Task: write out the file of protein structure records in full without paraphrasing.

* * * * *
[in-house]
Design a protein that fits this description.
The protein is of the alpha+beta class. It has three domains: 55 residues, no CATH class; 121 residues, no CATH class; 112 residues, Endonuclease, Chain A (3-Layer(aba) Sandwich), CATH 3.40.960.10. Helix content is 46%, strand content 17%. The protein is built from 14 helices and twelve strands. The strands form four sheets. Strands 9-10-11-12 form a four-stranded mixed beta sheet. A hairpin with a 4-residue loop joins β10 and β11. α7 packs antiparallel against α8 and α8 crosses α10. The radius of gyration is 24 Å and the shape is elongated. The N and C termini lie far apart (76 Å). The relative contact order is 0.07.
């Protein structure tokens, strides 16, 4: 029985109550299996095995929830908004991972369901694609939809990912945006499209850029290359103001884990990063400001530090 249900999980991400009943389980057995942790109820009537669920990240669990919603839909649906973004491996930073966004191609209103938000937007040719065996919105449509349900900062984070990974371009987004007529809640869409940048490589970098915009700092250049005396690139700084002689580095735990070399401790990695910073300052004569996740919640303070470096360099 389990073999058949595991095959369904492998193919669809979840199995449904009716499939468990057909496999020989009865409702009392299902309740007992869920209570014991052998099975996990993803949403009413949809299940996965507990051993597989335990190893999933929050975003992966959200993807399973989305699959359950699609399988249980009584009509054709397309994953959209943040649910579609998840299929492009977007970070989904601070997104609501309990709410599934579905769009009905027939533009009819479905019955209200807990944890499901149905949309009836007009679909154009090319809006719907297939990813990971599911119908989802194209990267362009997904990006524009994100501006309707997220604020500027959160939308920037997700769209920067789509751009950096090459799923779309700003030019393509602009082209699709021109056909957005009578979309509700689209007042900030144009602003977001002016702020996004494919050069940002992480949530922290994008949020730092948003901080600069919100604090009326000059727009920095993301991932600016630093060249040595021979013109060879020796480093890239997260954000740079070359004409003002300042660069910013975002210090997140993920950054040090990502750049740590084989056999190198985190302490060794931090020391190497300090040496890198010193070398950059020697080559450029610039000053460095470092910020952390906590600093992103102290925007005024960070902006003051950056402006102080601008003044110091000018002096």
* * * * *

[in-house]
Design a protein that fits this description.
The protein is of the alpha+beta class. It has three domains: 55 residues, no CATH class; 121 residues, no CATH class; 112 residues, Endonuclease, Chain A (3-Layer(aba) Sandwich), CATH 3.40.960.10. Helix content is 46%, strand content 17%. The protein is built from 14 helices and twelve strands. The strands form four sheets. Strands 9-10-11-12 form a four-stranded mixed beta sheet. A hairpin with a 4-residue loop joins β10 and β11. α7 packs antiparallel against α8 and α8 crosses α10. The radius of gyration is 24 Å and the shape is elongated. The N and C termini lie far apart (76 Å). The relative contact order is 0.07.
């Protein structure tokens, strides 16, 4: 029985109550299996095995929830908004991972369901694609939809990912945006499209850029290359103001884990990063400001530090 249900999980991400009943389980057995942790109820009537669920990240669990919603839909649906973004491996930073966004191609209103938000937007040719065996919105449509349900900062984070990974371009987004007529809640869409940048490589970098915009700092250049005396690139700084002689580095735990070399401790990695910073300052004569996740919640303070470096360099 389990073999058949595991095959369904492998193919669809979840199995449904009716499939468990057909496999020989009865409702009392299902309740007992869920209570014991052998099975996990993803949403009413949809299940996965507990051993597989335990190893999933929050975003992966959200993807399973989305699959359950699609399988249980009584009509054709397309994953959209943040649910579609998840299929492009977007970070989904601070997104609501309990709410599934579905769009009905027939533009009819479905019955209200807990944890499901149905949309009836007009679909154009090319809006719907297939990813990971599911119908989802194209990267362009997904990006524009994100501006309707997220604020500027959160939308920037997700769209920067789509751009950096090459799923779309700003030019393509602009082209699709021109056909957005009578979309509700689209007042900030144009602003977001002016702020996004494919050069940002992480949530922290994008949020730092948003901080600069919100604090009326000059727009920095993301991932600016630093060249040595021979013109060879020796480093890239997260954000740079070359004409003002300042660069910013975002210090997140993920950054040090990502750049740590084989056999190198985190302490060794931090020391190497300090040496890198010193070398950059020697080559450029610039000053460095470092910020952390906590600093992103102290925007005024960070902006003051950056402006102080601008003044110091000018002096």